Nick Leaton wrote in reply to Martijn Meijering:

I did not mean to suggest that we should not use OO for this problem. IfQuote:> > This is all very nice, but it is not very significant. The real problem

> > is modelling the movement of all these bodies, for which we need

> > classical mechanics and differential equations. This is the hard part.

> But it is hard in OO, and in any other area.

I were to write a program for interplanetary navigation I would

certainly want to use OO methods. My point is that for this application

domain analysis is extremely important. I think that OO Analysis does

not have a lot to contribute to this. I fully expect OO Design and OO

programming to be useful for this application.

I certainly would not try to solve it on paper. Except for very specialQuote:> However, you do have to be

> careful. Do you want to solve the problem the same way that you would

> try and solve the problem on paper? No always. In this case I would

> think that a simulation using Eulers method would be the solution to try

> first.

cases, you can't give an elementary expression for the solution. We

would have to apply numerical methods. Euler's method is probably not

the right one. It is notorious for its numerical instability. There are

far more complicated methods. Numerical mathematics is a very

sophisticated discipline...

This sounds reasonable, but I think we are now already concerned withQuote:>Then there would be more behaviour in celestial body. Solar

> system iterates all the bodies for each body in turn. Then you update

> the forces on that body, and for a small step update its position. After

> all there is no N-body solution. The converse is also true. The computer

> solution can be much more complex that the mathematical solution.

*software*. I'd like to separate the physical and mathematical

considerations from the software engineering considerations. I'd call

the physical considerations domain analysis. I don't consider OO methods

very useful at this point. I don't expect physicists and astronomers to

adopt OO techniques any time soon.

Perhaps we should also call the mathematical considerations domain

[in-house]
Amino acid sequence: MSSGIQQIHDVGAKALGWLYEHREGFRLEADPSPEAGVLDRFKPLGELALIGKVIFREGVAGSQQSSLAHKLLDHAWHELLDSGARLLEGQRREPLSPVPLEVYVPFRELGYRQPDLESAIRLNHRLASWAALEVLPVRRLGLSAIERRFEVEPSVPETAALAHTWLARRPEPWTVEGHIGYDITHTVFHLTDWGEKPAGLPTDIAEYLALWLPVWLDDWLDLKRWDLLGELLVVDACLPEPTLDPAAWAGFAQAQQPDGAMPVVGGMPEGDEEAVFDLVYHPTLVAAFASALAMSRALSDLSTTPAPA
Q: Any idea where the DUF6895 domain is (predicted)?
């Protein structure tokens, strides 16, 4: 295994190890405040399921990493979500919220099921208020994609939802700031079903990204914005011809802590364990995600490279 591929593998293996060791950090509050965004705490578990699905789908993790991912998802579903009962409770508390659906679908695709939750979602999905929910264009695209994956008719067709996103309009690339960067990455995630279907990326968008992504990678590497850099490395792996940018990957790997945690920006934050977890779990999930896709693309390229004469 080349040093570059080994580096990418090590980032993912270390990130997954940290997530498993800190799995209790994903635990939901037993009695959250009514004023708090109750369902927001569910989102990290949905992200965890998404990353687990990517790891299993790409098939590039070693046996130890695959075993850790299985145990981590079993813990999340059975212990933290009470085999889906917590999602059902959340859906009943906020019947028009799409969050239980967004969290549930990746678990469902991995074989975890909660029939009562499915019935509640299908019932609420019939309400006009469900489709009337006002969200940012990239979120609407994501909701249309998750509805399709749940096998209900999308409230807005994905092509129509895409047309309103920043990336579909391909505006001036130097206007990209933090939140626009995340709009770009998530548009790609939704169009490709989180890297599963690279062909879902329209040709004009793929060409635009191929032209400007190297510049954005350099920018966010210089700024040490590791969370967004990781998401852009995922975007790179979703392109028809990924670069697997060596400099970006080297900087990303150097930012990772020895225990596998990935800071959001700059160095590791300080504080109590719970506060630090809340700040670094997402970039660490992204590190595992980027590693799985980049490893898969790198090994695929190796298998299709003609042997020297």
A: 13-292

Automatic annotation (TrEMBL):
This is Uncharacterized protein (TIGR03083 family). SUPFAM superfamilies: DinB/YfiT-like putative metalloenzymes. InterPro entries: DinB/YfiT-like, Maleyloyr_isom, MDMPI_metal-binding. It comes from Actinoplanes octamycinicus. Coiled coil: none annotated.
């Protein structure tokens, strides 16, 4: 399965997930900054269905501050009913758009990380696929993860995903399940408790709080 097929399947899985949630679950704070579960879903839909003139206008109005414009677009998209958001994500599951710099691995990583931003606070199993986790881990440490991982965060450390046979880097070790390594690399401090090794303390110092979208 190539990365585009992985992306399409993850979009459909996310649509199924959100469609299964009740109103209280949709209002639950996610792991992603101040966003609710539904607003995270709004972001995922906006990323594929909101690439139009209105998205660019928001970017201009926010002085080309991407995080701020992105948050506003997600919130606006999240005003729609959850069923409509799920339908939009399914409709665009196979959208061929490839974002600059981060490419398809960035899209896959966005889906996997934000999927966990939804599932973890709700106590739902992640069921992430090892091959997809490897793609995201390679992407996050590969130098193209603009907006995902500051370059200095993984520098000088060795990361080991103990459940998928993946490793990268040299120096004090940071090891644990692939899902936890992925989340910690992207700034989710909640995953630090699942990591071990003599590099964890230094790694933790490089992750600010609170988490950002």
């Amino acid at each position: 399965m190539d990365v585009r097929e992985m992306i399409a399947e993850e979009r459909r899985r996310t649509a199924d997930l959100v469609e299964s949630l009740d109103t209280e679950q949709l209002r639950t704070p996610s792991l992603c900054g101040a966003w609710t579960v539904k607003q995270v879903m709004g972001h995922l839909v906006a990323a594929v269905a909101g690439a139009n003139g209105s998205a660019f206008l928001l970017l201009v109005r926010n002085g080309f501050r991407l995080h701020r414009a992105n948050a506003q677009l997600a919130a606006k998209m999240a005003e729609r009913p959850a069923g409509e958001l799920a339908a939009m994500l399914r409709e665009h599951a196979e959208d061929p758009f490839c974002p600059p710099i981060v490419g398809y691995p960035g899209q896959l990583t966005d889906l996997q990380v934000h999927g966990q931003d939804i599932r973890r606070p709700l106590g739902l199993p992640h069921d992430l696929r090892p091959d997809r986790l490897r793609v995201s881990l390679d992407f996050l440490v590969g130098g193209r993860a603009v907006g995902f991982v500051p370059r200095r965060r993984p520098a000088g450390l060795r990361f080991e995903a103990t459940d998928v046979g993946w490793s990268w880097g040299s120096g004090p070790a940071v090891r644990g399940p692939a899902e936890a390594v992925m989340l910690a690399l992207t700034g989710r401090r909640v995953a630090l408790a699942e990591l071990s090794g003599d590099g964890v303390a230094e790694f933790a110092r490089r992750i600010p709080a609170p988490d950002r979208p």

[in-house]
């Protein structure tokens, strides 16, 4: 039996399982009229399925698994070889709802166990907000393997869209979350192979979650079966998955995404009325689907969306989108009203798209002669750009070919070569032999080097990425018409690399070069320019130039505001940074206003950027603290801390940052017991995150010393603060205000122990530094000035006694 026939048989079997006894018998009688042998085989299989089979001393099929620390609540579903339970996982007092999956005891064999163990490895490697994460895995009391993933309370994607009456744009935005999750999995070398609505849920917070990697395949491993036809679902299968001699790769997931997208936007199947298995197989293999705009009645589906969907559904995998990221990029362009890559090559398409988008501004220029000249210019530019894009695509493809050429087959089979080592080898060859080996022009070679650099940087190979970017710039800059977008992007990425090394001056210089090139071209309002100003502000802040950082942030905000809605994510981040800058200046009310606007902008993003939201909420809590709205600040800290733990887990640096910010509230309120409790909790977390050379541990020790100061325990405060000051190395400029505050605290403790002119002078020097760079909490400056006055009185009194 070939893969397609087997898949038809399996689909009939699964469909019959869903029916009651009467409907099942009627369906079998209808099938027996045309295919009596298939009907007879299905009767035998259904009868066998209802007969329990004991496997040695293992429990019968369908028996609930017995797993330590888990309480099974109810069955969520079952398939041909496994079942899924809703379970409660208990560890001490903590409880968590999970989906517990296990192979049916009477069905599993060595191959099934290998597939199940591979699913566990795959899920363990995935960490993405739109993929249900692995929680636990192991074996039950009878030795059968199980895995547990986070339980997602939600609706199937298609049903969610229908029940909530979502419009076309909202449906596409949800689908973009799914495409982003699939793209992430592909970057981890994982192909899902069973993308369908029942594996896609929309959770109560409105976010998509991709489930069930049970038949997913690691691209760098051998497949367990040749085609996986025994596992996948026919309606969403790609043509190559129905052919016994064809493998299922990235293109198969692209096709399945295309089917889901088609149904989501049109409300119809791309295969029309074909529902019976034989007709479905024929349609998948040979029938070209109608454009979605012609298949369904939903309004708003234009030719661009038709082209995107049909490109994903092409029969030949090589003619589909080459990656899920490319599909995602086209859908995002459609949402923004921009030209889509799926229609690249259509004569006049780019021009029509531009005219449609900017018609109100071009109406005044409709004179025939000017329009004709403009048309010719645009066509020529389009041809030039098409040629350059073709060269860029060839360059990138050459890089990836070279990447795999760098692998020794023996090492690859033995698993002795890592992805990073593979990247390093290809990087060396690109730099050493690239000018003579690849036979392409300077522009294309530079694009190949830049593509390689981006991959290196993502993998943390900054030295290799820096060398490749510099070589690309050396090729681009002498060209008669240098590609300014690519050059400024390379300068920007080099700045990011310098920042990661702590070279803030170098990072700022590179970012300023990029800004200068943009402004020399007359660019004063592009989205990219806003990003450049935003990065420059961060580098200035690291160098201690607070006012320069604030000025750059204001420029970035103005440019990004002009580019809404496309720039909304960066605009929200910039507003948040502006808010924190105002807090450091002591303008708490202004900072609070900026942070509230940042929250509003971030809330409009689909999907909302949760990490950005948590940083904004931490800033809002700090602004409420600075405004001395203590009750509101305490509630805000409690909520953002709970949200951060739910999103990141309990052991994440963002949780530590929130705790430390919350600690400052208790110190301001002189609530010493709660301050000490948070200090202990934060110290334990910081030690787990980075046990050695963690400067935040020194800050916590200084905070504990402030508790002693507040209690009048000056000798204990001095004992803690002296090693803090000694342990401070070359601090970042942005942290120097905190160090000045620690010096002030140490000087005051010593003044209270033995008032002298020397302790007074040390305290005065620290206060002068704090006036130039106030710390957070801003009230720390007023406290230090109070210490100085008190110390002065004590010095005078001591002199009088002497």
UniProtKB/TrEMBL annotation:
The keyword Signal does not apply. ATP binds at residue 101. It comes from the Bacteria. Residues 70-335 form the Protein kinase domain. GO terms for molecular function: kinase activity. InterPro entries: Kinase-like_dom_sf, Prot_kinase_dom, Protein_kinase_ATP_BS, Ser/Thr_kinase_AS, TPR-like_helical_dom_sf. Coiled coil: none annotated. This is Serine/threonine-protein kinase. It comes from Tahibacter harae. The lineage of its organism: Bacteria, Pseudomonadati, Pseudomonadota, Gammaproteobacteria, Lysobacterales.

analysis. But we are already moving in the direction of software here.

We might be studying numerical methods for solving the differential

equations, shooting methods, numerical stability etc.

At this stage OO methods are still not very useful.

This is indeed one of the problems, but I would not consider it theQuote:> > RANT

> > I think domain analysis should be about clearly and carefully defining

> > relevant concepts and reasoning about them. In other words it should be

> > *mathematical modelling*. There are lots of useful concepts from

> > mathematics and logic (sets, functions, relationships, products etc)

> > that we can use and I remain unconvinced that OO has much to add to

> > this, especially where it concerns continuous phenomena.

> At the end of the day, this isn't the problem. The fundamental

> difficulty is to get the users (or yourself) to express what is needed

> in a clear, unabiguous way. The assumptions need to be stated clearly.

(only) fundamental difficulty. There are a couple of fundamental

difficulties. Stating precise requirements is hard. Tracing requirements

to implementation requires effort. Making your design maintainable is

hard. Planning is hard. For some applications analysis is hard and can

require mathematical methods.

I think that for interplanetary navigation modeling the problem domain

(its physics and mathematics) is the most difficult part. OTOH, for most

business applications I think stating the requirements may be a more

important concern.

CONSIDER YOURSELF INVITED!

A while back someone suggested that we do a project together in order to

test our theories and find out if our disagreements were really

substantial or mainly the result of different terminology. It never got

off the ground.

I've been toying with the idea of developing a program for

interplanetary navigation. It looks like a lot of fun. We'd actually be

doing rocket science! I think it would make a good case study because it

would require a great deal of analysis. Anyone interested in joining me?

Martijn